Loss is hard. Finding ways to honor your lost loved ones is something that is important to a lot of people.For myself, it was the loss of a child. As I am approaching her 8th heavenly birthday, I wanted to make something special to plant some flowers for her. This project was simple yet meaningful for me.I also think this would make a good gift idea for someone.Here I will show you how I transformed an old planter pot into a remembrance planter using the tissue transfer technique.
So if you have solar lights, then no doubt at some point and time they developed that white hazy film over the panel. I have tried several hacks, the toothpaste, WD40, vinegar, nail polish remover...you get my drift. Some worked temporarily, others not at all. I finally found a product that works with little effort.
Mounted ferns add beautiful decor to your inside or outside walls. You can use a wood slice, cutting board, or an old fence board to mount your fern onto. This living wall art is unique and beautiful. Be sure to subscribe to my blog at 804sycamore.com for more DIY and decorating projects and inspiration~
One of my least favorite chores has to be cleaning out the bathtub. It’s so awkward to reach into and scrub clean all of the surfaces. I’m not crazy about using smelly harsh chemicals and most natural cleaners that I had tried just didn’t cut it or required a fair amount of hard scrubbing. Well a few years ago I stumbled upon this method by doing some of my own experimenting, and I have been cleaning my bathtub this way ever since. All you need is three simple ingredients that you most likely already have at home. Read below to find out what my secret is to get the cleanest bathtub... with zero scrubbing required!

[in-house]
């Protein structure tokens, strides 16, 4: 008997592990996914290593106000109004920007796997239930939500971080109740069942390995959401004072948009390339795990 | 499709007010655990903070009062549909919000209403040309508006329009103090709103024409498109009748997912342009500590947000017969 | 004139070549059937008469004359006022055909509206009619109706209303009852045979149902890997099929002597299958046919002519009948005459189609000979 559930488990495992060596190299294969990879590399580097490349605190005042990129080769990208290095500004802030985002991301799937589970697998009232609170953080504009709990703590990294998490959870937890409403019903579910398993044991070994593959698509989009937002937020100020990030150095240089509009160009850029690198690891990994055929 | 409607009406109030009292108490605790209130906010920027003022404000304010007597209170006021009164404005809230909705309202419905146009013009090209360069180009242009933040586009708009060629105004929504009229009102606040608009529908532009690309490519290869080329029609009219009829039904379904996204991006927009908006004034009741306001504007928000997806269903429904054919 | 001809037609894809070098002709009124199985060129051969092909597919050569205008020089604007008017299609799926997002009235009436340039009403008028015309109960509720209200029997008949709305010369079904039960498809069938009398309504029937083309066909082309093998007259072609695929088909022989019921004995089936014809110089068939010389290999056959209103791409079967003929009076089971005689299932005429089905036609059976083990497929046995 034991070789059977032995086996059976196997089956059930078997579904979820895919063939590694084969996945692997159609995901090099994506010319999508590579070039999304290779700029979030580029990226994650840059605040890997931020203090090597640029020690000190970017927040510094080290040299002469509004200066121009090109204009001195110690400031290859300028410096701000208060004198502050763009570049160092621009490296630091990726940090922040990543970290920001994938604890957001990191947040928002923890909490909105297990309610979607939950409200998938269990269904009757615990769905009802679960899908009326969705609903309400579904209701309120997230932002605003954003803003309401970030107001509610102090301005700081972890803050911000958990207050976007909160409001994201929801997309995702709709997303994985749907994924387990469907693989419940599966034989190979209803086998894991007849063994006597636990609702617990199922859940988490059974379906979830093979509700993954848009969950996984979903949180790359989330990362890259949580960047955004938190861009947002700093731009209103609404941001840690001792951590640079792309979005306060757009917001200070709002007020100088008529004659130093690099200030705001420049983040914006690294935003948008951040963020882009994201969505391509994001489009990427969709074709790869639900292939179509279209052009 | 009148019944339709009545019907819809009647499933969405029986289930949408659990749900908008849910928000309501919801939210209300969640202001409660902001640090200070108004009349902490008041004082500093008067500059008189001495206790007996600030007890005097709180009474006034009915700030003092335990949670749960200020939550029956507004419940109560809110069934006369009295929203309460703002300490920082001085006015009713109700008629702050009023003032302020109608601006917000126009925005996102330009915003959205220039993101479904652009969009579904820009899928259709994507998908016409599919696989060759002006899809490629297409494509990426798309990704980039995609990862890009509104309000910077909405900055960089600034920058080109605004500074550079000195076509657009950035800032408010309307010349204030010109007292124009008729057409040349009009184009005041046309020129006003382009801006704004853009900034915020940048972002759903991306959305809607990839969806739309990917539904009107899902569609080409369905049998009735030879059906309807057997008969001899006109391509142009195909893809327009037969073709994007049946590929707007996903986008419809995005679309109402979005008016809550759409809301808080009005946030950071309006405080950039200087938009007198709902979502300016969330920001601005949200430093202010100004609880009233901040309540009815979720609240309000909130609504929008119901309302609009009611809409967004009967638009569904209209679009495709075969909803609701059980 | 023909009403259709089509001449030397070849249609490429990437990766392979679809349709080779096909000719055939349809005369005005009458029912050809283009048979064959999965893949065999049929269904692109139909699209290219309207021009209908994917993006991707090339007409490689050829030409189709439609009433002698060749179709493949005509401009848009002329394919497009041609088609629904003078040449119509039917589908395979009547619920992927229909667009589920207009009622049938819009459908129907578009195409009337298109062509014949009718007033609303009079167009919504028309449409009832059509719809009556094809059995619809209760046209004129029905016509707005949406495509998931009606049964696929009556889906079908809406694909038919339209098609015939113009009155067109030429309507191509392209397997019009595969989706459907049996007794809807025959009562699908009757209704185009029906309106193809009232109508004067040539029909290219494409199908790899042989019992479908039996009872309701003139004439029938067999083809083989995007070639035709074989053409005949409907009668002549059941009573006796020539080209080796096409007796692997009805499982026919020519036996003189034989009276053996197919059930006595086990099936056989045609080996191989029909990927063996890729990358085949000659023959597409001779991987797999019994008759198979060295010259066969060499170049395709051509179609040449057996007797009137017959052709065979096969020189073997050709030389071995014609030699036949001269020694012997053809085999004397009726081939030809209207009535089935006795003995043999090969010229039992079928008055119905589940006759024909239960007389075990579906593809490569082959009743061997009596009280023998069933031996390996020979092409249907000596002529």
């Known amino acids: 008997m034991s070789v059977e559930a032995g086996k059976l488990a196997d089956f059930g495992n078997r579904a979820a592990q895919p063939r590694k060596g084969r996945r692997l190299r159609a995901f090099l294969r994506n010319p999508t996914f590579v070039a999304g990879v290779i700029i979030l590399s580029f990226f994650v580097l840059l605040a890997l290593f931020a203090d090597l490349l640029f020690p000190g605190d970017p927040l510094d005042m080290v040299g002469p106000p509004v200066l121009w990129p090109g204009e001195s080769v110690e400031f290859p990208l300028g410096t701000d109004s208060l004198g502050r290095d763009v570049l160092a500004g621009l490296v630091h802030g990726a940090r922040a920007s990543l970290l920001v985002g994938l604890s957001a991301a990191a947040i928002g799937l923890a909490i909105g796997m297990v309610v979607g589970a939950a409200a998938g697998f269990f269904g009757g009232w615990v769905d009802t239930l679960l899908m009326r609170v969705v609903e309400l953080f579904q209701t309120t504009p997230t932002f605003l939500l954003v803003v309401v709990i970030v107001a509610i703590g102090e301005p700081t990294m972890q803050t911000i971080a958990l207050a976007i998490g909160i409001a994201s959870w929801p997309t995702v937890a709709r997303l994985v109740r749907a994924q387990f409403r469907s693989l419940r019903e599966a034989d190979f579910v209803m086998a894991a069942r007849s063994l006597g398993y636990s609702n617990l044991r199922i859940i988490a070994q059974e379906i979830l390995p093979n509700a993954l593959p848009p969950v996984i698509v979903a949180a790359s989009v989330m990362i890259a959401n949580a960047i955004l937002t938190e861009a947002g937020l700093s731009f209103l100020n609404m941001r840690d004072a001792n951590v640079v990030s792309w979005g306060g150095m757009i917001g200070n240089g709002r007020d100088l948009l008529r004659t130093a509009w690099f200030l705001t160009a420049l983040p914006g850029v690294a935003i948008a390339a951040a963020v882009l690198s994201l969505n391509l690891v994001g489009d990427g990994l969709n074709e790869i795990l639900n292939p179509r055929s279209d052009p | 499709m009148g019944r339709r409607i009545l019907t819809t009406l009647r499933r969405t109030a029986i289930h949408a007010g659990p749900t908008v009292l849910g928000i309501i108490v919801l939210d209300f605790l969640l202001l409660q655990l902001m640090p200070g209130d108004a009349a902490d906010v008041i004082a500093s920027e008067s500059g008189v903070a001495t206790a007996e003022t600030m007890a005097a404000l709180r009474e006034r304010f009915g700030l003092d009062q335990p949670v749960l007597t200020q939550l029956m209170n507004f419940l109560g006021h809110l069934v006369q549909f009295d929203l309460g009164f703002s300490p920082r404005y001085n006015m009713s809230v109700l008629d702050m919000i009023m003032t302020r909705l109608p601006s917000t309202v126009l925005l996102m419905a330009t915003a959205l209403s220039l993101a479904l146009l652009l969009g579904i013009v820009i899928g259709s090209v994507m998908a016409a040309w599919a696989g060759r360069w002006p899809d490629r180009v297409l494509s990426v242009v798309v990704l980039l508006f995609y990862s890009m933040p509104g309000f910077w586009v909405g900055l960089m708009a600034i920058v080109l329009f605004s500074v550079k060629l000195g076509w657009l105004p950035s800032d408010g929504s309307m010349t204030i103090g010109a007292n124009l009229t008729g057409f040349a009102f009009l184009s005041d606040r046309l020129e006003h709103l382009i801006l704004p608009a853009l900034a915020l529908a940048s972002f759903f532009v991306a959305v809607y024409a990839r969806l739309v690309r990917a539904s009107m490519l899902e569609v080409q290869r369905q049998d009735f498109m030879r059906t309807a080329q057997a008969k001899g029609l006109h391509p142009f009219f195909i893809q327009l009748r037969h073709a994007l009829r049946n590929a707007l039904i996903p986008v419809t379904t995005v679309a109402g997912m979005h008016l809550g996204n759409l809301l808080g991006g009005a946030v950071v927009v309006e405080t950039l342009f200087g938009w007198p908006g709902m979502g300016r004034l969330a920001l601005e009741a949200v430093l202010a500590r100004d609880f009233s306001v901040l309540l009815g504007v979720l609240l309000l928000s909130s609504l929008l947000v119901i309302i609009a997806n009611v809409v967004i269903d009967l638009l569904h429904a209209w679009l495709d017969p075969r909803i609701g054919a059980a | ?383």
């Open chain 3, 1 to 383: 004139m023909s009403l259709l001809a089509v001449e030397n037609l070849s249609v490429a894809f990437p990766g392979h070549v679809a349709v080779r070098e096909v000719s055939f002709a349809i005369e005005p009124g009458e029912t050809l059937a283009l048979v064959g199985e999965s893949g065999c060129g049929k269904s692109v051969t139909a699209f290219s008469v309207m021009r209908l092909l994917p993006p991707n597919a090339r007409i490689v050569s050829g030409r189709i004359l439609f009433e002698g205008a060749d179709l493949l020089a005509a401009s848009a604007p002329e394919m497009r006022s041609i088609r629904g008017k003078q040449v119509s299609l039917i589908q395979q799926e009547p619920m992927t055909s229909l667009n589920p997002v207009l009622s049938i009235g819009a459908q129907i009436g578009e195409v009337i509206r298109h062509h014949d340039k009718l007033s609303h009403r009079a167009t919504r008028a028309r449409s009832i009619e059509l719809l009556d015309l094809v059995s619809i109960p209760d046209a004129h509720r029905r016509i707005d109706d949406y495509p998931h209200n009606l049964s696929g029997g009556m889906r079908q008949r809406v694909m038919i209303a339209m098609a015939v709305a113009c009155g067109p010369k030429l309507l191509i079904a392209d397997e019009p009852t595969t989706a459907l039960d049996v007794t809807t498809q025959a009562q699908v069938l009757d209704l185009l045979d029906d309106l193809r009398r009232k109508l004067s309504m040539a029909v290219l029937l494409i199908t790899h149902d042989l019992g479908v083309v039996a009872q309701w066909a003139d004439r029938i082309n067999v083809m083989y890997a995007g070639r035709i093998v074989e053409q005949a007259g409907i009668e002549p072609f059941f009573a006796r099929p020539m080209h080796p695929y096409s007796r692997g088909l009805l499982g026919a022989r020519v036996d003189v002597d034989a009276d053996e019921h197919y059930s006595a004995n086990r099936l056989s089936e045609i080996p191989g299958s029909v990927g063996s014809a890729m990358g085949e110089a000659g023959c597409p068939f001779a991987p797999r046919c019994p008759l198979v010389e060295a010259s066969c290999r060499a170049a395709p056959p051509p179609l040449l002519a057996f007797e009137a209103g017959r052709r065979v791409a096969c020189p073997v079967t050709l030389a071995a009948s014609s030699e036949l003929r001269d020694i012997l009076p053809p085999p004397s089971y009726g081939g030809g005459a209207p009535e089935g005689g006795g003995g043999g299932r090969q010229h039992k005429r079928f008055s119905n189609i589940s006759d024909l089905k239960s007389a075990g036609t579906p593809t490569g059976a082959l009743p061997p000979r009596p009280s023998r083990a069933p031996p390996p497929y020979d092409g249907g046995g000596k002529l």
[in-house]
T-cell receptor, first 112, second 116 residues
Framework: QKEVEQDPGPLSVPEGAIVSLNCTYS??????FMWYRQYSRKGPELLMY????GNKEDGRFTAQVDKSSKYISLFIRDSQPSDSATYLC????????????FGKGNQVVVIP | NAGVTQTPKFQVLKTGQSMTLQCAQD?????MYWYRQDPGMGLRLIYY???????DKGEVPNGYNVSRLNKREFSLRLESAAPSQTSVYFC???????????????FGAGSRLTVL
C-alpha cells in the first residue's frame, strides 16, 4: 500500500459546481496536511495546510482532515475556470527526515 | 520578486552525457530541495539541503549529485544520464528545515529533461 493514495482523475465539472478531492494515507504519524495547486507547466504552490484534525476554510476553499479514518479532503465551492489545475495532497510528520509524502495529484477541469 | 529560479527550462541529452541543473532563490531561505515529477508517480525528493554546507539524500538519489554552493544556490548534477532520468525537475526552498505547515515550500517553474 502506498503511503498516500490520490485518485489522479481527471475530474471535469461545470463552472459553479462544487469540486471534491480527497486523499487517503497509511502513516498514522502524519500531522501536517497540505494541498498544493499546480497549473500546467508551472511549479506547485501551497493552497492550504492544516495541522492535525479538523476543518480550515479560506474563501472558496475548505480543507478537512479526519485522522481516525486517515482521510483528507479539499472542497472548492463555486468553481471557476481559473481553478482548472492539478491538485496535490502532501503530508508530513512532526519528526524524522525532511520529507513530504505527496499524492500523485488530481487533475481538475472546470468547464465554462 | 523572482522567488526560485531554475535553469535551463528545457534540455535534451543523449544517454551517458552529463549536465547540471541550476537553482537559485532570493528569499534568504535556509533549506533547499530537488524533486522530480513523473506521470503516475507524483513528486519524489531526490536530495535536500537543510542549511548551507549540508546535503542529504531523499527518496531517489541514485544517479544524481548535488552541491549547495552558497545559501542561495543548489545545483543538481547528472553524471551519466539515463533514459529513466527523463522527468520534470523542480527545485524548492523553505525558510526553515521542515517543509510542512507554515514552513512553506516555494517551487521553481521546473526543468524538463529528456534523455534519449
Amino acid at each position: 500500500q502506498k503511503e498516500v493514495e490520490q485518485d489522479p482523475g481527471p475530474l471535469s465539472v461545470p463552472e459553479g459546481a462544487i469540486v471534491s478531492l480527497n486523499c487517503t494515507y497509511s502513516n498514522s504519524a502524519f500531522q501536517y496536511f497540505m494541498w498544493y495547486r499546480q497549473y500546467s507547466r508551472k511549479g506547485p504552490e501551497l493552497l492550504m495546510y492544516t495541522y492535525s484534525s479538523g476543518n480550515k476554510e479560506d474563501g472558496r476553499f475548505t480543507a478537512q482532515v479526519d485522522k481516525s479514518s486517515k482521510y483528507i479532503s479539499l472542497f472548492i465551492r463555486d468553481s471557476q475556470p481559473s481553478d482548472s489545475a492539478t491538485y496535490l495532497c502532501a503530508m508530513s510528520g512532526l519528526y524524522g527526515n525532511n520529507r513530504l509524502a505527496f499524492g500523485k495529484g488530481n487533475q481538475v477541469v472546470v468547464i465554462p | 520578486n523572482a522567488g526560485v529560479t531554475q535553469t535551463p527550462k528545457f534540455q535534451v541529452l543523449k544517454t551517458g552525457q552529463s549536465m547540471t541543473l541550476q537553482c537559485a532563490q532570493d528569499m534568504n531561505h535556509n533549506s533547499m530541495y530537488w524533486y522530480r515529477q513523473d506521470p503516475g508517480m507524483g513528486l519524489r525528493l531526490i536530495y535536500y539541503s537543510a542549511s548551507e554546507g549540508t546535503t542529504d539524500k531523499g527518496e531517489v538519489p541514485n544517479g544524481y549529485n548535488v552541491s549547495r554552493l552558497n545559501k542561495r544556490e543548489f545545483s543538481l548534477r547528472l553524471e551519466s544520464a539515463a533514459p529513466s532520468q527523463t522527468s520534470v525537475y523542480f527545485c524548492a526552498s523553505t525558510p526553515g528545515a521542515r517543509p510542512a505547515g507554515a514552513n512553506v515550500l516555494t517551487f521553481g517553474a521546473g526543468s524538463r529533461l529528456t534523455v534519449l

I see big hurricane vases all the time at the thrift store for super cheap but I am not a huge fan of the shape. I recently saw one that I really liked at Pottery Barn but it was $70! I set out to see if I could recreate this candle holder for less.
This post may contain an affiliate link. See my disclosure policy. Today I’m going to show you an amazing DIY upcycled lampshade project that shows you how to upcycle an old lampshade into a repurposed project that will be a unique decor item and conversation piece!
So, I had a pair of nightstands that were destined for the dump. I kept them around for several years with the intention of throwing them out but for some reason I just couldn't part with them. I finally made the decision to give them a second chance!